. . . New Hampshire

. . .

My Life of Crime (linked with the proviso that "State & Local" governments are clearly more villainous than "Big" government)

  • No trick-or-treating on Halloween.
  • No tickling of women.
  • No spitting on sea gulls in Norfolk.
  • No oral sex.
  • No worrying squirrels in Excelsior Springs.
  • No more than 16 women can live together (accessory after the fact).
  • No singing in bathtub.
  • No public arousement in Allentown.
New Jersey
  • No frowning at police officers.
New York
  • No flirting.
  • No hanging clothes on clotheslines without a license.
  • No jumping off buildings.
  • No talking in elevators.
  • No slippers after 10 pm.
  • No greeting by putting one's thumb to one's nose and wiggling one's fingers.
  • No body-hugging clothing on women (accessory).
  • Mourners may eat no more than three sandwiches at a wake.
  • No snoring unless all bedroom windows are locked.
  • No going to bed without a full bath.
  • No sex with woman on top.
  • No reproaching of Jesus Christ or the Holy Ghost.
  • No Quakers or witches (accessory after the fact).
  • No kissing in front of a Boston church.
  • No crossing of Boston Commons without a rifle.
New Hampshire
  • No tapping of feet or nodding of head to music in a tavern.
  • Machinery cannot be run on Sunday.
  • No excretion while looking up on Sunday.
  • No oral sex in San Francisco.
  • Ugly people cannot walk in San Francisco.

. . .

A mess Little Deaths

Beth Rust must have, at some pre-Web point, told me about the Nutshell Studies of Unexplained Death, the deduction workouts constructed by her fellow New Hampshirt Frances Glessner Lee, but Juliet Clark sent me a reminder yesterday. What a lost killer app for QuickTime VR....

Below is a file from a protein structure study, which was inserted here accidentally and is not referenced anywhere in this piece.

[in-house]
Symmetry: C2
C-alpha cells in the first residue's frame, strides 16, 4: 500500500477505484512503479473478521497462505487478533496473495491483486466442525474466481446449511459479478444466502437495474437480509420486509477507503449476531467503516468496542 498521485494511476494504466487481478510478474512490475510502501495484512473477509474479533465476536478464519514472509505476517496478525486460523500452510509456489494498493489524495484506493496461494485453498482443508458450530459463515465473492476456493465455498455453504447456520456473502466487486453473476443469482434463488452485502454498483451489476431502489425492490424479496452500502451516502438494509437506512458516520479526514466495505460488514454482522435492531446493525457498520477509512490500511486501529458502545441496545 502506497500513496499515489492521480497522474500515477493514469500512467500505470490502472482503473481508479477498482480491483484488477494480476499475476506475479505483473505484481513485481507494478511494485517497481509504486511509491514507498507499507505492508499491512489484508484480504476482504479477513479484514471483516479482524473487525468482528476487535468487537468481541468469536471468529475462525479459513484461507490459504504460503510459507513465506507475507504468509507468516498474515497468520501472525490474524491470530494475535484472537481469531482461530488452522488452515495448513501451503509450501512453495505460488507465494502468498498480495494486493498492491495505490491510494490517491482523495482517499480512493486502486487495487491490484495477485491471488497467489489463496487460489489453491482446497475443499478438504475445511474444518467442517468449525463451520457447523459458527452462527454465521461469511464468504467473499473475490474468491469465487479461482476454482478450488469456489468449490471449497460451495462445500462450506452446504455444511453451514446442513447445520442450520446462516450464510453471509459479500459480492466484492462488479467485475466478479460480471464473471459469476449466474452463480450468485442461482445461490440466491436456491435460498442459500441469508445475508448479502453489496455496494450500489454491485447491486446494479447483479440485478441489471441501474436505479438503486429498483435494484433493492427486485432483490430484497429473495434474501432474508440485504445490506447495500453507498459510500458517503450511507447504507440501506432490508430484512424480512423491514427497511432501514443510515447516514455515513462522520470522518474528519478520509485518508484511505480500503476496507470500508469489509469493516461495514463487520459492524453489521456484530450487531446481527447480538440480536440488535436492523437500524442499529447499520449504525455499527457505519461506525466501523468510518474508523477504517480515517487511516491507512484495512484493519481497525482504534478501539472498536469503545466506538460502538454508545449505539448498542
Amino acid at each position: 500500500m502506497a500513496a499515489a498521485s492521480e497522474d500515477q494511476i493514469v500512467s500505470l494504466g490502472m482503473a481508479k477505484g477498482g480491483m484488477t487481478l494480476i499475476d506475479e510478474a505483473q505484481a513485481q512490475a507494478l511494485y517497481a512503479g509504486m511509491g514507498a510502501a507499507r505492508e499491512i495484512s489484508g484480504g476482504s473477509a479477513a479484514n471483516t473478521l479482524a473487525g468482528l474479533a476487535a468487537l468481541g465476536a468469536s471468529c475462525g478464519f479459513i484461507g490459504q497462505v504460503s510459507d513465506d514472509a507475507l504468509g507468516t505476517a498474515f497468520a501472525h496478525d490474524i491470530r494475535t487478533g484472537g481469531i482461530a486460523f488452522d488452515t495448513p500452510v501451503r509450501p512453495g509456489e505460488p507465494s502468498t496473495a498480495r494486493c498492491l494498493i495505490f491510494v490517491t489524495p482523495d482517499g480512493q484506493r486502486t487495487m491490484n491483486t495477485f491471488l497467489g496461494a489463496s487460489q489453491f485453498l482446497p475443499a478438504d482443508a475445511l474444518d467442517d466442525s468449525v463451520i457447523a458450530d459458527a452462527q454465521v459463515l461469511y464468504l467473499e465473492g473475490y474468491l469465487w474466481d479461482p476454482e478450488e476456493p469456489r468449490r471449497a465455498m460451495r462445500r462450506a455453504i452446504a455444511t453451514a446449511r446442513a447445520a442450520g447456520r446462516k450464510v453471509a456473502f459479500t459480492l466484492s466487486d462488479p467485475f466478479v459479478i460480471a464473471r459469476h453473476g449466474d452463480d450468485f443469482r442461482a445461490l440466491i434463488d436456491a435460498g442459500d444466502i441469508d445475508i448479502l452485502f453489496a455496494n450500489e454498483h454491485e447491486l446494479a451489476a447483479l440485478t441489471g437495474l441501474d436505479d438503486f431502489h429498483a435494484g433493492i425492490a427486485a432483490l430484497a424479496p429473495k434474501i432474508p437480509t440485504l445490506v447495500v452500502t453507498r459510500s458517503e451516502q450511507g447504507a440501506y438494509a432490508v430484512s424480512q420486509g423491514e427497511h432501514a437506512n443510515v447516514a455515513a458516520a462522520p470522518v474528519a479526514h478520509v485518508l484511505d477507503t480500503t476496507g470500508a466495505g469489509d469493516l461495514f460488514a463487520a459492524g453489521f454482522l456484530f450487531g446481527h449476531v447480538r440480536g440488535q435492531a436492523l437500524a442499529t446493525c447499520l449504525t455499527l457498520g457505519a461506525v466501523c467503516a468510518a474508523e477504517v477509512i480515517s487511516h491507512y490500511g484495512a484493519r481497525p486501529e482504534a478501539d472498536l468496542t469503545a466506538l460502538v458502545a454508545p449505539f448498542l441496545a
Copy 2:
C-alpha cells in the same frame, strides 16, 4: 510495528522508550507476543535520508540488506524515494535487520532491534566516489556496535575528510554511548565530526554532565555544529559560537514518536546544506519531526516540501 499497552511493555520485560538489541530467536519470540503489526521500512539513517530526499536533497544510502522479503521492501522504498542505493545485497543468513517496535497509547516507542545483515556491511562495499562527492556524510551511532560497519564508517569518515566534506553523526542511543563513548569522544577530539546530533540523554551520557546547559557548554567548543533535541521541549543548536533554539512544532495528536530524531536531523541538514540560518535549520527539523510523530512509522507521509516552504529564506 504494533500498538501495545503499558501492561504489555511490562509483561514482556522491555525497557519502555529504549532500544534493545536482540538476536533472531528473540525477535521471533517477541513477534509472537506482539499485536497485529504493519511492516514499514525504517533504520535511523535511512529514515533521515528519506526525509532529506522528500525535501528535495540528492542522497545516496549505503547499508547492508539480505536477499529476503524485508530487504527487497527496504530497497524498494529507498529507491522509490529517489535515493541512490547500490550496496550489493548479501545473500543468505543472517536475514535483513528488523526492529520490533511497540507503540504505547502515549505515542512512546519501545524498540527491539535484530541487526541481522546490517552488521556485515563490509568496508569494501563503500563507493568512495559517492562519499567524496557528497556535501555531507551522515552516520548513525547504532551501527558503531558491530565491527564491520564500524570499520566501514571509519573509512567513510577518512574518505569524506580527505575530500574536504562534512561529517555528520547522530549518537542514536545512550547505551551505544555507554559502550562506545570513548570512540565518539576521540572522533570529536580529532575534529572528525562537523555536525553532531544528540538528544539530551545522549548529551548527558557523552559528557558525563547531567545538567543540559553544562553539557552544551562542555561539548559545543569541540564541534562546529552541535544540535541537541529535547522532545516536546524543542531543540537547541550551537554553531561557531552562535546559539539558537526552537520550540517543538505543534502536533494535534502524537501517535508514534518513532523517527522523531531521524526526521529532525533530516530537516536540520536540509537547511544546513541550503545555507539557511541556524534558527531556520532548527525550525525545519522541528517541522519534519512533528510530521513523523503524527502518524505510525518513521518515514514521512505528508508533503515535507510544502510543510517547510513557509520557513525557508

+ + +

Whenever I see "Live Free or Die" on a license plate, I think of a gluetrapped rat gnawing off its own foot.

. . .

If I knew how to send email to misterpants, I would certainly call the Purity Supreme supermarket chain to his attention. The Purity Supreme in Nashua, New Hampshire, used to have special "Singles Nights" where Nashuan bachelors were supposed to cruise the aisles with their sporty shopping carts. I wonder if they still do that.

. . .

Movie Comments Comment

So many folks boiling over with critical insight and political acumen! And post-movie Q&A sessions provide an irresistable opportunity to lance those boils.

  1. My Brother's Wedding at Pixar, Emeryville, CA

    Lots of great Qs here, including "Does the director know Martin Scorsese? Because [long demonstration that if you've never seen a Cassavetes movie, you'll think that anything with talkative city dwellers is ripping off Scorsese]" and the always popular "How much did it cost?" (Wrong answer, guessed at by the hapless host of the evening: "I'm not sure -- one point five million?" Right answer: $80,000.)

    Best of show:

    "You always hear about how African-Americans have absent fathers and single-parent families. But that didn't seem to be a problem in this film. So I can't help wondering: Just what is the real story here?"